2002 court documents raise uncle as possible suspect in Jessica - WDRB 41 Louisville News

2002 court documents raise uncle as possible suspect in Jessica Dishon murder

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SHEPHERDSVILLE, Ky. (WDRB) -- When Stanley Dishon was indicted Wednesday for the kidnap and murder of his niece, Jessica, he was already behind bars on a rape and sodomy charge -- and it was not the first time.

WDRB looked through the thick file of a 2002 case, in which he entered an Alford plea to charges that he sexually abused his daughter and step-daughter.

The documents reveal that Dishon's then-wife Carol, told a social worker that Dishon had been "significantly affected" by Jessica's murder three years earlier.

Carol Dishon also said her ex-husband, Gary Eldridge, had questioned Stanley Dishon's "possible role in the murder, and that had increased tensions between the two families."

It's not clear whether the comments made their way to those investigating Jessica's murder.

Bullitt Co. Sheriff Dave Greenwell, who was a rookie deputy at the time, could not say why Stanley Dishon was never questioned as a suspect.

"I don't think anybody had ever, according to the case file that we had, he had never been talked to," said Greenwell.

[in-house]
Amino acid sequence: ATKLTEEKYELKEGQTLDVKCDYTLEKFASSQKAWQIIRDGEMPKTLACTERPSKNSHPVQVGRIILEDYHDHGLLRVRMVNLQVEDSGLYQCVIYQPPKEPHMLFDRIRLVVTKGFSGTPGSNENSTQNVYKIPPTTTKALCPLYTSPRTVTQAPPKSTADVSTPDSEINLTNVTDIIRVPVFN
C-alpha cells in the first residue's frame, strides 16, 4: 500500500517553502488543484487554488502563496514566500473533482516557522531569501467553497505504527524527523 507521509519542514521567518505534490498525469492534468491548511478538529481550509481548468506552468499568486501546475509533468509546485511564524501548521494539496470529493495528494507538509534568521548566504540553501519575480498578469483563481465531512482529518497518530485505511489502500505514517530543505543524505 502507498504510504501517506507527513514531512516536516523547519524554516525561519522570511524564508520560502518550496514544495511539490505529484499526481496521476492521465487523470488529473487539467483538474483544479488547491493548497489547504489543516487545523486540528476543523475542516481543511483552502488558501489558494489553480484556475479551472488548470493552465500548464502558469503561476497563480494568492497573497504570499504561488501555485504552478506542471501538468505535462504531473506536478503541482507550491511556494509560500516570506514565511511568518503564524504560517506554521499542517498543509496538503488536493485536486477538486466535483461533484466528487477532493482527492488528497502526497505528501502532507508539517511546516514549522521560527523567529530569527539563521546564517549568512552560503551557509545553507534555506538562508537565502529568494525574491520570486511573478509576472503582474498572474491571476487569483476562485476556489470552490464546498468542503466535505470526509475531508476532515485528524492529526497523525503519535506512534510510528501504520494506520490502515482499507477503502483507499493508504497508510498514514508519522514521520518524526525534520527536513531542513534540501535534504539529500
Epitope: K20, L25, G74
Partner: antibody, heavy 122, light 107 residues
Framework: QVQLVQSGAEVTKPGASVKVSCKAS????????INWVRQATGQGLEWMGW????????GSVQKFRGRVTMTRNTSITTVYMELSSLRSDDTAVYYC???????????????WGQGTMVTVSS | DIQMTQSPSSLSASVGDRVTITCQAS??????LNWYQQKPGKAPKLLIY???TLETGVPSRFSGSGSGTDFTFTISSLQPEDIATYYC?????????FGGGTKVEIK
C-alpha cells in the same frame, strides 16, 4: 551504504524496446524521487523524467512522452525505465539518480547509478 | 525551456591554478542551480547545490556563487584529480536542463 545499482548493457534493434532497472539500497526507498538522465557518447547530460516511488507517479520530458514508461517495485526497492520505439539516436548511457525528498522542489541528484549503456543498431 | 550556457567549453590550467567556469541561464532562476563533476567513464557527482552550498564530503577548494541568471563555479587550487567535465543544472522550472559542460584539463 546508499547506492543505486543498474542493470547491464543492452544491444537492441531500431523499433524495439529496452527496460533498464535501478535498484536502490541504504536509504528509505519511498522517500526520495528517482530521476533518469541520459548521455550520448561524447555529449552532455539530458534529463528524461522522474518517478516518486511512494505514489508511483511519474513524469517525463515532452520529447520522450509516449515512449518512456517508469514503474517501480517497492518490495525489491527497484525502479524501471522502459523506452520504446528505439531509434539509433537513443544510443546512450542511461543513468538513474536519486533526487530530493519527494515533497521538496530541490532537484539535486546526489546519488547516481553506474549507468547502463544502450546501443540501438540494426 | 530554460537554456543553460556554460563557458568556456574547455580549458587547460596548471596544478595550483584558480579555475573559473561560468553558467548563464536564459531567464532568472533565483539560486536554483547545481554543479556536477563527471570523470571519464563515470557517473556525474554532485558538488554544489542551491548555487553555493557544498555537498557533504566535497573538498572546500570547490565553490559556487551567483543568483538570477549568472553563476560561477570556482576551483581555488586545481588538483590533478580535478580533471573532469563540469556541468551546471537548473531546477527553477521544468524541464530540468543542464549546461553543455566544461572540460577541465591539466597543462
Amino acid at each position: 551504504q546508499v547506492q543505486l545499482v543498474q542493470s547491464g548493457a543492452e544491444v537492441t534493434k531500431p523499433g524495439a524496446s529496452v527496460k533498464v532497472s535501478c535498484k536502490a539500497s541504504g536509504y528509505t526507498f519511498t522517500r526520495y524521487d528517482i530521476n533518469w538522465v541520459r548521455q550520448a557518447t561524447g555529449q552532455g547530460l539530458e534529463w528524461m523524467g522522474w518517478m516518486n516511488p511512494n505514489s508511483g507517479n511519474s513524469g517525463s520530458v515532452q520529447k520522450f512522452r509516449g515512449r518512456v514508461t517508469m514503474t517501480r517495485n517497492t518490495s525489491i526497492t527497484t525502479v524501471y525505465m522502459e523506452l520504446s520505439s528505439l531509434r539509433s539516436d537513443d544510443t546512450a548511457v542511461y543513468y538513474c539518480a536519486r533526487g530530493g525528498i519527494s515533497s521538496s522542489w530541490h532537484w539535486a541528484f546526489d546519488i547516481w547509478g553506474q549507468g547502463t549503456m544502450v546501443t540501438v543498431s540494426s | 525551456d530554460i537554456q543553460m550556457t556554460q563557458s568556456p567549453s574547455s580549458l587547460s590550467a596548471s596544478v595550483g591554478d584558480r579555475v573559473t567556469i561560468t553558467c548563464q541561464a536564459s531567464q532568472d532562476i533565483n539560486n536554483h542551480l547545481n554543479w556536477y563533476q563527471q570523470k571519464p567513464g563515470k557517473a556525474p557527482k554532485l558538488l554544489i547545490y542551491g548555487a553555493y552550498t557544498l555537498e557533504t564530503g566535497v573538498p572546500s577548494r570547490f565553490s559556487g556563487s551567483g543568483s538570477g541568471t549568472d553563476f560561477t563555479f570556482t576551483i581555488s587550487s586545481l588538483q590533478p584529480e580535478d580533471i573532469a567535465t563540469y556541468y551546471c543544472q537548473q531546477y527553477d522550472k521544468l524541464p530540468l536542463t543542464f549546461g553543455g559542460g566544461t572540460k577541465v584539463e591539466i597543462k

When a reporter asked why, Greenwell said, "I'm not sure. I wasn't here."

But court documents show the case was an issue among Stanley Dishon's family. A social worker noted that "the family acknowledged but did not actively discuss the effects of the sexual assault and murder of Mr. Dishon's niece."

While Dishon would eventually agree to a plea deal in the sexual abuse case, investigators were pursuing other suspects in Jessica's case, including David "Bucky" Brooks.

But Brook's attorney, John Spainhour, says Stanley Dishon was on the radar screen because he had been living in Jessica's home.

"He was there and known to have been living there. Mr. Brooks and other members of the Brooks family, who were neighbors, knew that he had been living there," said Spainhour.

But, Spainhour says it's impossible to know what might have happened, if investigators had more quickly picked up the trail leading to Stanley Dishon.

"And I don't know if it had gone on whether it would have led back to where it ultimately has led now," he said.

Michael Mann, who was the Bullitt Commonwealth's Attorney then and now, has not returned phone calls seeking comment about the investigation.

WDRB's Jason Riley has a more in-depth look at the documents here.

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